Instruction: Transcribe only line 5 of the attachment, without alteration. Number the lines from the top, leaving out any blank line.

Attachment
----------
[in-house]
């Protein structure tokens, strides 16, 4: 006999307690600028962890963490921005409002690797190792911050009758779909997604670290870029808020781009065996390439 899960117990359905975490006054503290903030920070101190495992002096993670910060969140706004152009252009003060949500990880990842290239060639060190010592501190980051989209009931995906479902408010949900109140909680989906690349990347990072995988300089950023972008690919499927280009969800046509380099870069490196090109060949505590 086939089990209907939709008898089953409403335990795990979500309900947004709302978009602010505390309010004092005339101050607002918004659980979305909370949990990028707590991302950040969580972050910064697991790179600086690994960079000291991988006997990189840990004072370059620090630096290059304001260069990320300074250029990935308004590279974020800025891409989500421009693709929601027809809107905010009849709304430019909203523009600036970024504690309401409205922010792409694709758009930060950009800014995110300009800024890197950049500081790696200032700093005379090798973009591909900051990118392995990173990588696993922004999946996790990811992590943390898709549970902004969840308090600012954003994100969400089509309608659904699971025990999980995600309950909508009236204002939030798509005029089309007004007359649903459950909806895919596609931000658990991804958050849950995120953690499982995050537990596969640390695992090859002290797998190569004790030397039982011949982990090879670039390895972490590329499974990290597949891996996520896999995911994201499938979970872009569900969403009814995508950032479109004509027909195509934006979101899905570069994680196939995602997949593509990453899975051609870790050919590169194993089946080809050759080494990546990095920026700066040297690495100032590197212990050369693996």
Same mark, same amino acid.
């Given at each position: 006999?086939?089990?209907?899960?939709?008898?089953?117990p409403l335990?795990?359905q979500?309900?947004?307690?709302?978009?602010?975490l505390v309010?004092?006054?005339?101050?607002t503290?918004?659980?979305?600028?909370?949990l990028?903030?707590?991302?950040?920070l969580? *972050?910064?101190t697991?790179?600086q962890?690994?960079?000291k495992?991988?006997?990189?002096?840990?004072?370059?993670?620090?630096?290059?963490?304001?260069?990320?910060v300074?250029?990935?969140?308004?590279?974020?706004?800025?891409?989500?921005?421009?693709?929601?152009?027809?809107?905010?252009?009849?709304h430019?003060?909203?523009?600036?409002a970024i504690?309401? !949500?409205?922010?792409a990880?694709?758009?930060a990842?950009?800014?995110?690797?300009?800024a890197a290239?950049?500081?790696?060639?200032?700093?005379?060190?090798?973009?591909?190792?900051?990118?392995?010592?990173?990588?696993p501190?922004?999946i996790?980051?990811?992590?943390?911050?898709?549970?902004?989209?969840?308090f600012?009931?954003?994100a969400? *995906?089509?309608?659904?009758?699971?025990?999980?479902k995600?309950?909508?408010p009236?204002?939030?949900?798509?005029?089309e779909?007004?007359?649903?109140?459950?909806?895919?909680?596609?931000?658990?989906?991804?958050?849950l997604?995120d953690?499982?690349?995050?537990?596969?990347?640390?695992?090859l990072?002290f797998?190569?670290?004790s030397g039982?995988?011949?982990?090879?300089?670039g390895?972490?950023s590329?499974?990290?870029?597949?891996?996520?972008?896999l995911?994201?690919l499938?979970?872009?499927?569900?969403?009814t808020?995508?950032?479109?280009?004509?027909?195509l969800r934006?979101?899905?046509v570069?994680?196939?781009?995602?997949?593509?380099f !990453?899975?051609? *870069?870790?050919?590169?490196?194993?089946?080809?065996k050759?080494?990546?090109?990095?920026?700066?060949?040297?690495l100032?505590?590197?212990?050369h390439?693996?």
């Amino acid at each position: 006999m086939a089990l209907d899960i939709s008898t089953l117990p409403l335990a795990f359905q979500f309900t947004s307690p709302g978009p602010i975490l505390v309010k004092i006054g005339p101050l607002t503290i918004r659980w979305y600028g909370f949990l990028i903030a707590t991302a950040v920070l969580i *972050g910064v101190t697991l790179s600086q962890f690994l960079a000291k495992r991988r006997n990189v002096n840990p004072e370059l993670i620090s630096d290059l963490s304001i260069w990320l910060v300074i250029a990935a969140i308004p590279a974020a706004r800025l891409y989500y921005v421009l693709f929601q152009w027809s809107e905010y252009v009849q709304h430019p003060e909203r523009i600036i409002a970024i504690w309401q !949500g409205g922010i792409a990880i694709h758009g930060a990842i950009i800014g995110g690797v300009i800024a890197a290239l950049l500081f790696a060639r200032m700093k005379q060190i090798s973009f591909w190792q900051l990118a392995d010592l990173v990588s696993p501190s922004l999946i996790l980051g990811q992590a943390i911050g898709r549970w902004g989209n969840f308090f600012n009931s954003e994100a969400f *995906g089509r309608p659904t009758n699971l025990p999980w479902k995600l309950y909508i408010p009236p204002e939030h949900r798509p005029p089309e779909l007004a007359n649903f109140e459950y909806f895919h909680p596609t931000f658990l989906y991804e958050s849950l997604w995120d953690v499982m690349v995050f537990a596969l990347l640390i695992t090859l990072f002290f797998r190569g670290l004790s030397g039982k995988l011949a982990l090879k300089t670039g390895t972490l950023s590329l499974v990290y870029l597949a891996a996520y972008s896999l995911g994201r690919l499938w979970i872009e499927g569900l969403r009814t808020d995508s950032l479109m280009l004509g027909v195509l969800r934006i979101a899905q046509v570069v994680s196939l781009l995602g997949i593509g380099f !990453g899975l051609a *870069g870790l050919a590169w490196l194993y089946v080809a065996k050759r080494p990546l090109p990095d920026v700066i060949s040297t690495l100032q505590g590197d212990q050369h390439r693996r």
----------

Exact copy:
């Amino acid at each position: 006999m086939a089990l209907d899960i939709s008898t089953l117990p409403l335990a795990f359905q979500f309900t947004s307690p709302g978009p602010i975490l505390v309010k004092i006054g005339p101050l607002t503290i918004r659980w979305y600028g909370f949990l990028i903030a707590t991302a950040v920070l969580i *972050g910064v101190t697991l790179s600086q962890f690994l960079a000291k495992r991988r006997n990189v002096n840990p004072e370059l993670i620090s630096d290059l963490s304001i260069w990320l910060v300074i250029a990935a969140i308004p590279a974020a706004r800025l891409y989500y921005v421009l693709f929601q152009w027809s809107e905010y252009v009849q709304h430019p003060e909203r523009i600036i409002a970024i504690w309401q !949500g409205g922010i792409a990880i694709h758009g930060a990842i950009i800014g995110g690797v300009i800024a890197a290239l950049l500081f790696a060639r200032m700093k005379q060190i090798s973009f591909w190792q900051l990118a392995d010592l990173v990588s696993p501190s922004l999946i996790l980051g990811q992590a943390i911050g898709r549970w902004g989209n969840f308090f600012n009931s954003e994100a969400f *995906g089509r309608p659904t009758n699971l025990p999980w479902k995600l309950y909508i408010p009236p204002e939030h949900r798509p005029p089309e779909l007004a007359n649903f109140e459950y909806f895919h909680p596609t931000f658990l989906y991804e958050s849950l997604w995120d953690v499982m690349v995050f537990a596969l990347l640390i695992t090859l990072f002290f797998r190569g670290l004790s030397g039982k995988l011949a982990l090879k300089t670039g390895t972490l950023s590329l499974v990290y870029l597949a891996a996520y972008s896999l995911g994201r690919l499938w979970i872009e499927g569900l969403r009814t808020d995508s950032l479109m280009l004509g027909v195509l969800r934006i979101a899905q046509v570069v994680s196939l781009l995602g997949i593509g380099f !990453g899975l051609a *870069g870790l050919a590169w490196l194993y089946v080809a065996k050759r080494p990546l090109p990095d920026v700066i060949s040297t690495l100032q505590g590197d212990q050369h390439r693996r």